Is It Morning For You Yet?58th Carnegie International

Malcolm Peacock

Malcolm Peacock holding in his hand I would have to fight for every single second, 2022, graphite on paper, 2 1⁄2 × 3 in., courtesy of the artist

Over the past few years, Malcolm Peacock has developed works experienced through one-on-one interactions between the artist and
participants, which are informed by the concept of slow choreography. He explains: “I think any movement can be done in tandem with or between two or more figures. When we think about choreography, we go to dance and to speed, velocity, or agility. I think about how we can slow down life to avoid harming ourselves… and to hype our perception and sensibilities.”

From this space of quiet, Peacock explores what we can cultivate, what we feel challenged by in a physical way, and what we can envision beyond what is physically perceived. For the 58th Carnegie International, Peacock assembles what he describes as a diverse group of Black Pittsburgh-based individuals for a work experienced by visitors one at a time. Taking place in an undisclosed location at Carnegie Museum of Art, presentations will mark significant dates in Black American history. In part inspired by a program that provides early entry for seniors, Peacock’s work similarly involves the museum offering space to convene for a specific demographic. In private sessions, group members will work through the concept of autonomy, particularly considering the fraught relationship between Black life and public space in the United States. Envisioned as a proposal, Peacock’s work asks if art museums can create the conditions for people to hold space inside a future public in which Black autonomy is uncontested.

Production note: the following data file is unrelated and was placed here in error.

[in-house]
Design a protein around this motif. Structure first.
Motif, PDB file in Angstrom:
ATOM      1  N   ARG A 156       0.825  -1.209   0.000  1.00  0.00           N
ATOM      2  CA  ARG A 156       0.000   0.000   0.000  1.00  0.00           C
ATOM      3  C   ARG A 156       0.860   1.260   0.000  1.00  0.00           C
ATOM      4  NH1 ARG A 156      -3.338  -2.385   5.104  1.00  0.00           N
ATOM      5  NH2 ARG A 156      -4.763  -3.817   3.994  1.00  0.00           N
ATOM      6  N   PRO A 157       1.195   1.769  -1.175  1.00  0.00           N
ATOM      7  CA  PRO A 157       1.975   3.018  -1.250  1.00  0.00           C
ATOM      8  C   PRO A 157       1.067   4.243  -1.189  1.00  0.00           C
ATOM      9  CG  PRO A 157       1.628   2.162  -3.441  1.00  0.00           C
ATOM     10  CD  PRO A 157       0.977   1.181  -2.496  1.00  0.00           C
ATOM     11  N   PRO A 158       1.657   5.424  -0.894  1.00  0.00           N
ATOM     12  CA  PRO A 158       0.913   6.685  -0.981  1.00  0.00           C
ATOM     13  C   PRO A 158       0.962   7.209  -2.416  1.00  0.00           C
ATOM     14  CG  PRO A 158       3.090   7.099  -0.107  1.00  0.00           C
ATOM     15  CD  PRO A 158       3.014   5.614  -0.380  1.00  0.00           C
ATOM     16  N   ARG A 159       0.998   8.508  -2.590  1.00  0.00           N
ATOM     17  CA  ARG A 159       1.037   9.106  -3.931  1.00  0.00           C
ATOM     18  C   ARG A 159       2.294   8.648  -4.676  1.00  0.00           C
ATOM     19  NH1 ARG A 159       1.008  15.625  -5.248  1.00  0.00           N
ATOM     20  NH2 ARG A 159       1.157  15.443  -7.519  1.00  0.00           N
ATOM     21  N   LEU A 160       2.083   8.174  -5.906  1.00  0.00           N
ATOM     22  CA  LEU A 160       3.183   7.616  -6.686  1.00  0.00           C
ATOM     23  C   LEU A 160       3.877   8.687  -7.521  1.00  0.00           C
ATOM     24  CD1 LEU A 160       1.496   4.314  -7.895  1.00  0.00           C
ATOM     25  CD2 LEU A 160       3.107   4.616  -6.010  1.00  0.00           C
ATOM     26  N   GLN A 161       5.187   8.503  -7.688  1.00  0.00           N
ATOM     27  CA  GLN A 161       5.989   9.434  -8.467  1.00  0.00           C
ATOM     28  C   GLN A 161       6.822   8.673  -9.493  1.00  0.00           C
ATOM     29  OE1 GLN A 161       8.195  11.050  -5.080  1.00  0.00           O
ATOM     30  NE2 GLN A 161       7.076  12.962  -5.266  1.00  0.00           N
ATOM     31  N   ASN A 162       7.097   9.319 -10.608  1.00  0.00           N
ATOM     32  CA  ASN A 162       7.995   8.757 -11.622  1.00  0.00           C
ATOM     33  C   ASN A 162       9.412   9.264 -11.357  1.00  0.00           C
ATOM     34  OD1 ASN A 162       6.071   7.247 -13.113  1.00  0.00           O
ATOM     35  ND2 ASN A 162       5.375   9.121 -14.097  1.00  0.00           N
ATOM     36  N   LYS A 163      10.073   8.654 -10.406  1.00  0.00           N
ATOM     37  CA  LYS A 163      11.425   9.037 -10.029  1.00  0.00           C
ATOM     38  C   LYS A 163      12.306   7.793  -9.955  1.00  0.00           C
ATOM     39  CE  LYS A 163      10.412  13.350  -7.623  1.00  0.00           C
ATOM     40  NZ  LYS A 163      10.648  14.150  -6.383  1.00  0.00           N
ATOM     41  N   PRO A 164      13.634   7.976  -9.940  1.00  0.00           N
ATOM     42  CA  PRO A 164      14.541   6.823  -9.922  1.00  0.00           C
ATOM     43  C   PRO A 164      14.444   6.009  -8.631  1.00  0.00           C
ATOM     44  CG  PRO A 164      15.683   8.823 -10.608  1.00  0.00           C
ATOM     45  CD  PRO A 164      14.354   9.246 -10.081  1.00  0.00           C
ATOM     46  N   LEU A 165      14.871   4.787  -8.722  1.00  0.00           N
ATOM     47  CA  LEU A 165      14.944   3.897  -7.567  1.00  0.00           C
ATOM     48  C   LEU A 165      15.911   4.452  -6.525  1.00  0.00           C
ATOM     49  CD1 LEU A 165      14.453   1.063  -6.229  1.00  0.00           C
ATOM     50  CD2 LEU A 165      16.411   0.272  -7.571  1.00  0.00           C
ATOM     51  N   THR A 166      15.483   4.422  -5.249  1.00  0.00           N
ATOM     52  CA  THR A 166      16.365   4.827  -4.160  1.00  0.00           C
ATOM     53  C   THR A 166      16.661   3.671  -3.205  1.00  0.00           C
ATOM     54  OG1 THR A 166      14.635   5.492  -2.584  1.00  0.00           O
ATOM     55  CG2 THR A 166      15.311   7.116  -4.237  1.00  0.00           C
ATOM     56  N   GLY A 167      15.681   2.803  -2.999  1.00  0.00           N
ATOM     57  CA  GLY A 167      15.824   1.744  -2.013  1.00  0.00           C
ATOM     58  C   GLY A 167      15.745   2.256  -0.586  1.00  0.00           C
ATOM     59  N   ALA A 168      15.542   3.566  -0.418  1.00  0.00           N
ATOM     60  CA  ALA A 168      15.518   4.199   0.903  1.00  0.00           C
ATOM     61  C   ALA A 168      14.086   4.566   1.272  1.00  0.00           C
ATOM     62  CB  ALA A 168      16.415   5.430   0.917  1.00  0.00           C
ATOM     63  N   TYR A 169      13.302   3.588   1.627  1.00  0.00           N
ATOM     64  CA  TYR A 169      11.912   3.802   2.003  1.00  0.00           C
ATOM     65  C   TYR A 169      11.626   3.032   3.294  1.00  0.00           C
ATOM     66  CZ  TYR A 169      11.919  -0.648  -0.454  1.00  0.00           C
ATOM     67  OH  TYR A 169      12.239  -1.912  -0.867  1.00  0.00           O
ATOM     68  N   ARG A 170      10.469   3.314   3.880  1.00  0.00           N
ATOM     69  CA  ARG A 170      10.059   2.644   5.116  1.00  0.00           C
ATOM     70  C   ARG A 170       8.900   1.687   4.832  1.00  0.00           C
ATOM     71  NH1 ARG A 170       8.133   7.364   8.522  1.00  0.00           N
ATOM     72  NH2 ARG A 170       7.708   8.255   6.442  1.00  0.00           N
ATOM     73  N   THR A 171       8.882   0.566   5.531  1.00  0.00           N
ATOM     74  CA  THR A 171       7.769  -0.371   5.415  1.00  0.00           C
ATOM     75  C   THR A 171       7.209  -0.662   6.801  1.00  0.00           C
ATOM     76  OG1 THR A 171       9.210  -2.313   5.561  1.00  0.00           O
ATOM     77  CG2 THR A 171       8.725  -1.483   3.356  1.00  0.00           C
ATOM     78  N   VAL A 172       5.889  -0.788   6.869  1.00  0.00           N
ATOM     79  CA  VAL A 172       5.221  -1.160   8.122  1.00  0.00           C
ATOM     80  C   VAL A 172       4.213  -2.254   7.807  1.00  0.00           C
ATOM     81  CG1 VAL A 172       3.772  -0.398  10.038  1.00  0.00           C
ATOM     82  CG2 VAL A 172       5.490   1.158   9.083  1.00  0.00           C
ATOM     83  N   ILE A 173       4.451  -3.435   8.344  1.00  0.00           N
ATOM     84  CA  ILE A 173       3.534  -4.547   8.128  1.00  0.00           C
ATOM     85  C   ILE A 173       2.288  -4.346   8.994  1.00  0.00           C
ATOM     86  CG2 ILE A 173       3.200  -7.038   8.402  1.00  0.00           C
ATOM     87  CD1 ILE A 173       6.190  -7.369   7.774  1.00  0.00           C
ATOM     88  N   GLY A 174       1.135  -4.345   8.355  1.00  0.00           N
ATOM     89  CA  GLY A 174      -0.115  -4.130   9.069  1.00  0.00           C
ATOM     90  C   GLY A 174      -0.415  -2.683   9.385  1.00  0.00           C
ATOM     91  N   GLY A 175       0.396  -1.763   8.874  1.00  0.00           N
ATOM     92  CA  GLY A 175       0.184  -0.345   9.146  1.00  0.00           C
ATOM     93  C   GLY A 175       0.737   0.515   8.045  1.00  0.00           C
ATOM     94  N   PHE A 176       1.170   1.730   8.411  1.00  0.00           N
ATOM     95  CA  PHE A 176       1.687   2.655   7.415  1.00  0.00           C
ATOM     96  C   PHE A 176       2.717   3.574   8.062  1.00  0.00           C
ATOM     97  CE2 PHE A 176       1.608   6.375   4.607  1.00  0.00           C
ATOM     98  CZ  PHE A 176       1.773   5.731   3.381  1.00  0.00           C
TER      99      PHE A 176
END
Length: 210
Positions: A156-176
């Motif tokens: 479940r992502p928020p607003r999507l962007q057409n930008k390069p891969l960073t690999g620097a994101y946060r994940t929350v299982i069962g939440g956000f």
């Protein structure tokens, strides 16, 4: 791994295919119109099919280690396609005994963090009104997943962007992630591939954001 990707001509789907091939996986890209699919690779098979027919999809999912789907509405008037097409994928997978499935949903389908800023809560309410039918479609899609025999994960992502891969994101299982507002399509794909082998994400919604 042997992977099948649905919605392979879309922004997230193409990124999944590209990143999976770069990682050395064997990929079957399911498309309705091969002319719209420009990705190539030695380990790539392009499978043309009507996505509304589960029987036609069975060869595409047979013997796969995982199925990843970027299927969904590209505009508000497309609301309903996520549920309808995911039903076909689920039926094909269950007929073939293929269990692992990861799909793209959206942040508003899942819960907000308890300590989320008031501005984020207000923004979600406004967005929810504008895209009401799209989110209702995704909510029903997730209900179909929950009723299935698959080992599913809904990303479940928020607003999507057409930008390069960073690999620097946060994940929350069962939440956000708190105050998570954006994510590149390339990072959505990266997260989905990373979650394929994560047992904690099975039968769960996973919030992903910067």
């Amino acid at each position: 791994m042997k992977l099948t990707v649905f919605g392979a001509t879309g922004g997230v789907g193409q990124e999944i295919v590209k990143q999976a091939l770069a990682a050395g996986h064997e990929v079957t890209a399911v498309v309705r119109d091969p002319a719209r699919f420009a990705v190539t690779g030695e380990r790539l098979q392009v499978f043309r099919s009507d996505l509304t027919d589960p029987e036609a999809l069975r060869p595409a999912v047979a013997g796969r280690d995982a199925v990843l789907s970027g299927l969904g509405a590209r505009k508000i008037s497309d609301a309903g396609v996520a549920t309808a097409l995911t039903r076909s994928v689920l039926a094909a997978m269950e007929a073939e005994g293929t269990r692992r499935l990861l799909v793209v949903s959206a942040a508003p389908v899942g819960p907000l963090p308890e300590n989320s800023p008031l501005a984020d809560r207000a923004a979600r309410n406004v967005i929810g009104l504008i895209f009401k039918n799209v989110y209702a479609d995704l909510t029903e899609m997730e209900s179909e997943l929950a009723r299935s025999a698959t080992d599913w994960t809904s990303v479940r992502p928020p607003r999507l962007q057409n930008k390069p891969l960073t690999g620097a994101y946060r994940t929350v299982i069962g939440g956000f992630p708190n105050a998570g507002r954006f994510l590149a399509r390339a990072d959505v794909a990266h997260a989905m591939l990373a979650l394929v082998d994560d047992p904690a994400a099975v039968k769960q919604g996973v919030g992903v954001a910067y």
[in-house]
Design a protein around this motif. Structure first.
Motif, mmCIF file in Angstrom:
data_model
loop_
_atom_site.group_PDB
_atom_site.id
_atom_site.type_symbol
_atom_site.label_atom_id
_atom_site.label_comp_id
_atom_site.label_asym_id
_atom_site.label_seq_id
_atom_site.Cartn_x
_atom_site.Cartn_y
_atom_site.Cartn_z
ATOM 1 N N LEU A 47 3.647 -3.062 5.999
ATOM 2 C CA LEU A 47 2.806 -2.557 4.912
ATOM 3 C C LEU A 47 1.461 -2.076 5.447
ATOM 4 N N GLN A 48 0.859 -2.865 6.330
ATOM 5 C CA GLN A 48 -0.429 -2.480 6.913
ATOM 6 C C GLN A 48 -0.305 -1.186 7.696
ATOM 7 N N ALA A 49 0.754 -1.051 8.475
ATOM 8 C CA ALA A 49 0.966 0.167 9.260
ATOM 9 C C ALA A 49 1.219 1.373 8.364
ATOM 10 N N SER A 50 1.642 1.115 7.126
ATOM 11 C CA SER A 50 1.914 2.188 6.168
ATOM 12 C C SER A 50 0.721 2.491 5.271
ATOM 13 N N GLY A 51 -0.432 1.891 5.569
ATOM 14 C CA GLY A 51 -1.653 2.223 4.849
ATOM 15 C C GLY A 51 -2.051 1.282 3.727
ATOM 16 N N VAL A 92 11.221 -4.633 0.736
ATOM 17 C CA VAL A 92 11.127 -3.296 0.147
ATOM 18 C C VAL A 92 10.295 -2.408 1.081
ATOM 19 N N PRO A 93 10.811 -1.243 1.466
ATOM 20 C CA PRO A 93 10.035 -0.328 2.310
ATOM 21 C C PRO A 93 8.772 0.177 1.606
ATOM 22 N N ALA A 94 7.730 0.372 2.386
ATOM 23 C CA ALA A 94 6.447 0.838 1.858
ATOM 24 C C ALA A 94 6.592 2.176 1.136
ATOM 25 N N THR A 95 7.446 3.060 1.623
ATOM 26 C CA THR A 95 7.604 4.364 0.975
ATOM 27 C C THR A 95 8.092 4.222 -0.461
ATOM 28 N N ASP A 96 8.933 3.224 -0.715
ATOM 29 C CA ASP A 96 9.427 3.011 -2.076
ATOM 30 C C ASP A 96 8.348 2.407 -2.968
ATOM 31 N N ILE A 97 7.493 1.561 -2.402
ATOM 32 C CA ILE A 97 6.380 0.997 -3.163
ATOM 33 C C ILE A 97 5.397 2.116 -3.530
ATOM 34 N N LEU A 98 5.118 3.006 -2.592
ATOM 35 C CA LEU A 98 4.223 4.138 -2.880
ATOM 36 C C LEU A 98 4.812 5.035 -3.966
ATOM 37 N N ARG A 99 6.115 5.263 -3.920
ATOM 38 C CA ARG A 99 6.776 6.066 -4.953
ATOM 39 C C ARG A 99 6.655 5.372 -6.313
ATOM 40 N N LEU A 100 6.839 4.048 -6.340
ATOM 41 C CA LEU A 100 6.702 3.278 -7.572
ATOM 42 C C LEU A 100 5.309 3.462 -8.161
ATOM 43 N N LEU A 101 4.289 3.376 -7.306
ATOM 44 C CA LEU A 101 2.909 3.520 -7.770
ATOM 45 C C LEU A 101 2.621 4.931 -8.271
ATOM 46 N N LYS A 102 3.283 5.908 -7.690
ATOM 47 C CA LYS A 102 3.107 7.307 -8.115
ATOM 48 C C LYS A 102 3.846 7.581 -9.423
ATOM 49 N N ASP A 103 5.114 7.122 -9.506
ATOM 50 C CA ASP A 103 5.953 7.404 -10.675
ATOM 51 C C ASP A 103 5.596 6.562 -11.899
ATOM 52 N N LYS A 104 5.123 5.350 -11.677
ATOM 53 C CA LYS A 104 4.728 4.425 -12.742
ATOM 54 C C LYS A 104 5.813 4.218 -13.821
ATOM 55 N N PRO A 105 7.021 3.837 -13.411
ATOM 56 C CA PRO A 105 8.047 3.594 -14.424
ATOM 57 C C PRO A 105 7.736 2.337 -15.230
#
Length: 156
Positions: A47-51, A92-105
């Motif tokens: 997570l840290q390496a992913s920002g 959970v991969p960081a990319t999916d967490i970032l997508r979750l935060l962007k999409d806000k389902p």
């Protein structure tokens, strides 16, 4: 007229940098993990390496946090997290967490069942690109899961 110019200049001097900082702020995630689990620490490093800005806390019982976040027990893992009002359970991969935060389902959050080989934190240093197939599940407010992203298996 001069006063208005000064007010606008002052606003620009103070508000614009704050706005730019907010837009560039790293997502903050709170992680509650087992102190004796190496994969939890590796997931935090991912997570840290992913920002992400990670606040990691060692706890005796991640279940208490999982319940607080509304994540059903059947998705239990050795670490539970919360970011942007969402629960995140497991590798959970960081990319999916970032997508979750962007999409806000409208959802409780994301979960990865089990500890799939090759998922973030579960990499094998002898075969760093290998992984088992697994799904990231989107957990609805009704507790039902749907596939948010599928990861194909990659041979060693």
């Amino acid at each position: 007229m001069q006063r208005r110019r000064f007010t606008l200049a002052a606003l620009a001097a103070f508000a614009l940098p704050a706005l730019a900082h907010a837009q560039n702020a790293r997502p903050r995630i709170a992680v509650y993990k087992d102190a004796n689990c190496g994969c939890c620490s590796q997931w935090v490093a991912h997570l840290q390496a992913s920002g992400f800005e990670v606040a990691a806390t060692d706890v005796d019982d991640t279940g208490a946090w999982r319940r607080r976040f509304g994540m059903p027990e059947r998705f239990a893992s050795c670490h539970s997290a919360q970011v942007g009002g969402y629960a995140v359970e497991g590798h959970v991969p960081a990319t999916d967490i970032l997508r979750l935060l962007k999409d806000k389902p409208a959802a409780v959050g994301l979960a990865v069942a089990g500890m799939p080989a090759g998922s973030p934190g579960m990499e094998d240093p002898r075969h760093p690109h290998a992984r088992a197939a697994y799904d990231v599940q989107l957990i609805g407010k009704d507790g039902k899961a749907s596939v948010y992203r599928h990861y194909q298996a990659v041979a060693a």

The work is presented on September 24 from 10 a.m. to 8 p.m.; November 12 from 10 a.m. to 5 p.m.; January 28 from 10 a.m. to 5 p.m.; and April 1 from 10 a.m. to 5 p.m. The performance is held at an undisclosed location and runs for an undetermined length. In-person registration is required and available at the admission desk on the day of the performance. Registration does not guarantee entry. Registration is only available to participants 18 years of age and older.

About the artist:

Malcolm Peacock (b. 1994, Raleigh, NC; lives in New Orleans, LA) is a multidisciplinary artist whose practice examines emotional and psychic spaces of Black subjects, with a particular interest in the intricacies of intimacy. He received a BFA from Virginia Commonwealth University, Richmond, in 2016, and an MFA from Rutgers University in 2019. He has been a participant in residencies at the University of Pennsylvania, St. Roch Community Church, the Joan Mitchell Center, Denniston Hill, and the Skowhegan School of Painting and Sculpture. Select exhibitions include Prospect 5: Yesterday We Said Tomorrow, New Orleans; and Doing Language: Word Work, Institute of Contemporary Art at Virginia Commonwealth University, Richmond.

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